Author Archives: Sam Wice

A Review of Shutdown Litigation

by Sam Wice — Sunday, Jan. 13, 2019

With the partial federal shutdown reaching over three weeks, federal employees who work for shut down agencies are missing full paychecks. Additionally those essential employees who worked the Saturday after the shutdown began have not been paid for that day of work. Employees who cannot afford to miss paychecks may start to incur severe adverse […]

How Congress Can Prevent President Trump from Using His National Emergency Powers to Build the Wall

by Sam Wice — Monday, Jan. 7, 2019

President Trump has threatened that if Congress does not appropriate money to build a wall along the border with Mexico, then he will build the wall through his national emergency powers. However, if Congress does not want President Trump to build the wall, he cannot build it. The Appropriations Clause states that “[n]o Money shall be drawn […]

Why Federal Employees Will Not Be Working for Free During the Shutdown

by Sam Wice — Monday, Dec. 24, 2018

Even though 25% of the federal government is shut down, many federal employees are considered essential (i.e., their service is necessary for emergencies involving the safety of human life or the protection of property) and must work during the shutdown. Soon, you might hear about these employees having to work for free during the shutdown. However, […]

Why the Proposed House Rule on Income Taxes Would Not Prevent Democrats from Passing Progressive Legislation

by Sam Wice — Tuesday, Nov. 20, 2018

House Democrats have proposed that, as part of their changes to the House of Representatives’ rules, income-tax increases on the lowest-earning 80% of taxpayers would require a 3/5ths majority in the House of Representatives. This proposed rule has been attacked as antidemocratic and as an obstacle to passing future, Democratic legislation. However, this rule change would […]

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How Democrats Can Oppose the Republicans Only Judicial Hearings

by Sam Wice — Tuesday, Oct. 30, 2018

Even though the U.S. Senate is on recess, Senate Republicans held hearings on judicial nominees, which only Senate Republicans attended. Senate Democrats opposed the hearings as an attempt to prevent serious questioning of the nominees. Unlike the Brett Kavanagh nomination, Senate Democrats have several ways to prevent most of the nominees from being confirmed. First, […]

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Congress Should Follow Its PAYGO Requirements

by Sam Wice — Wednesday, Oct. 17, 2018

Congress and President Trump have increased the deficit by simultaneously increasing spending while cutting revenue. The Department of Treasury found that the deficit has ballooned to $779 billion per year. Partly in response to the ballooning deficit, Congress formed the Joint Select Committee on Budget and Appropriations Process Reform to propose reforms to the appropriations […]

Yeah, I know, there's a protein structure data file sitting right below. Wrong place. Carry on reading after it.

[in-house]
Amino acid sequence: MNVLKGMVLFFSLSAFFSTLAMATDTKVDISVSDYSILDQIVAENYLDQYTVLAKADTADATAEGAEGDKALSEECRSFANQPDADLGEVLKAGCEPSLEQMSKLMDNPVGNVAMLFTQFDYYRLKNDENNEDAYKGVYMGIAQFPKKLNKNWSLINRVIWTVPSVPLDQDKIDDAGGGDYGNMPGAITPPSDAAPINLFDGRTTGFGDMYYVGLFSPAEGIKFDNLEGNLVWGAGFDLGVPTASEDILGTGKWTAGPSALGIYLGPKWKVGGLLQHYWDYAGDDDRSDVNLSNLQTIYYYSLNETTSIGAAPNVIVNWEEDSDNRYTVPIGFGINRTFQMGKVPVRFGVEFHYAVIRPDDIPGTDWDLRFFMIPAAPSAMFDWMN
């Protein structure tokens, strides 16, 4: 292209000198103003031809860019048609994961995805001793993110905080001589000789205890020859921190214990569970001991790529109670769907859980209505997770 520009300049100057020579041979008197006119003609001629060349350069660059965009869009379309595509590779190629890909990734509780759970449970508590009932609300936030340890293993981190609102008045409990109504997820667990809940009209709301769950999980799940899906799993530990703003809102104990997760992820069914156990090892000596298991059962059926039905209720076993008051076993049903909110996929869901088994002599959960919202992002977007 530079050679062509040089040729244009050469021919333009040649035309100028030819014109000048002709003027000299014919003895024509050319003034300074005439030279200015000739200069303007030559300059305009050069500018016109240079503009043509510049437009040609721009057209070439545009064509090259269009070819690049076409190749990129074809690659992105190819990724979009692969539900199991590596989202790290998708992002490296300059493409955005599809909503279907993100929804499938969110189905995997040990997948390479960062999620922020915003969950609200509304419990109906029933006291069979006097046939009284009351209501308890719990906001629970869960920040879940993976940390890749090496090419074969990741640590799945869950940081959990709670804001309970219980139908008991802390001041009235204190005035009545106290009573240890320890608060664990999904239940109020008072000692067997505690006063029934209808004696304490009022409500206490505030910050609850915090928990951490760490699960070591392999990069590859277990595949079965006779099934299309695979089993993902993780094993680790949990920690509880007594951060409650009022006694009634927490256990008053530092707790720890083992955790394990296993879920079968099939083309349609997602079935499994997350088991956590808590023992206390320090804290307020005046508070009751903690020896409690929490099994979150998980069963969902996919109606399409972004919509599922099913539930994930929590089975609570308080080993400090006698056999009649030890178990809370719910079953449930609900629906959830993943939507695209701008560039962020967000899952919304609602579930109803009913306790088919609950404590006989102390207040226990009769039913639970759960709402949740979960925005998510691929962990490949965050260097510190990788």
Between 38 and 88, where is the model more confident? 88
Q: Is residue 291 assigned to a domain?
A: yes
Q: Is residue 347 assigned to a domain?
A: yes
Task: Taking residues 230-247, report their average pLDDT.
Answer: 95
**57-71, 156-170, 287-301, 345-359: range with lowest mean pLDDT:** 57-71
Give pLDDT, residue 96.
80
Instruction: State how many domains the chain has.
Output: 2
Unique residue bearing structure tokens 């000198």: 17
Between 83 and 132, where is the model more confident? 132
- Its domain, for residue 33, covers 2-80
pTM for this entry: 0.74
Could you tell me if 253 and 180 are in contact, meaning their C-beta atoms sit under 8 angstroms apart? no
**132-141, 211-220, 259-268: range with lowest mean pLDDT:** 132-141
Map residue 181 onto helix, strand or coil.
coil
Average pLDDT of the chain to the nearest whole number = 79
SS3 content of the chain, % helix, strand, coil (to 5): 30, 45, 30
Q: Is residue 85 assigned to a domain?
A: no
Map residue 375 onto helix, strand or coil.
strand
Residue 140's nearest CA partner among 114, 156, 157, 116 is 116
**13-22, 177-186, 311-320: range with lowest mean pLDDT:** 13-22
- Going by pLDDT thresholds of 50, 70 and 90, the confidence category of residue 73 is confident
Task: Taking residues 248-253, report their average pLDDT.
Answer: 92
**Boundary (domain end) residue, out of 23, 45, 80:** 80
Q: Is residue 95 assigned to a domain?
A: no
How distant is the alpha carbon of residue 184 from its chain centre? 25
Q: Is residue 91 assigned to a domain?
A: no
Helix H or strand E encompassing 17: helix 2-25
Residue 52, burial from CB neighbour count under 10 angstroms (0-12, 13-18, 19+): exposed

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President Trump’s Elimination of the Federal COLA Is Likely Illegal

by Sam Wice — Tuesday, Sept. 4, 2018

President Trump recently wrote a letter to Congress explaining why he will eliminate the scheduled cost-of-living adjustments (COLA) for federal employees. President Trump argued that “[w]e must maintain efforts to put our Nation on a fiscally sustainable course, and Federal agency budgets cannot sustain such increases.” However, President Trump’s decision to eliminate the COLA is likely illegal. […]

Proposed Reform of House Rules Would Not Be Enforceable

by Sam Wice — Saturday, Sept. 1, 2018

With many Democrats already opposing Nancy Pelosi as speaker and many Republicans having already opposed Kevin McCarthy as speaker, whichever party wins the House of Representatives could struggle to get the 218 votes required to win a Speaker of the House election. Seeing an avenue to exchange their votes for reform, the bipartisan Problem Solvers […]

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When to Refer to the U.S. Code Versus the Underlying Statute

by Sam Wice — Wednesday, July 25, 2018

In the spirit of Professor Nielson’s recent post on in-line versus footnote citations, I wanted to mention a personal pet peeve regarding references to the U.S. Code. The U.S. Code is roughly half non-positive law and half positive law. Even though there are important legal distinctions between the two types of law, attorneys often refer to titles […]

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How Democrats Could Fight the Senate Eliminating Its August Recess

by Sam Wice — Friday, June 15, 2018

Senator Mitch McConnell recently announced that he intends to eliminate much of the August recess so that the Senate has more time to confirm nominees and pass funding legislation. Senate Republicans want this extra time because even if Republicans have the votes (i.e., 60 for legislation and 50 for nominations), they still need 30 hours […]

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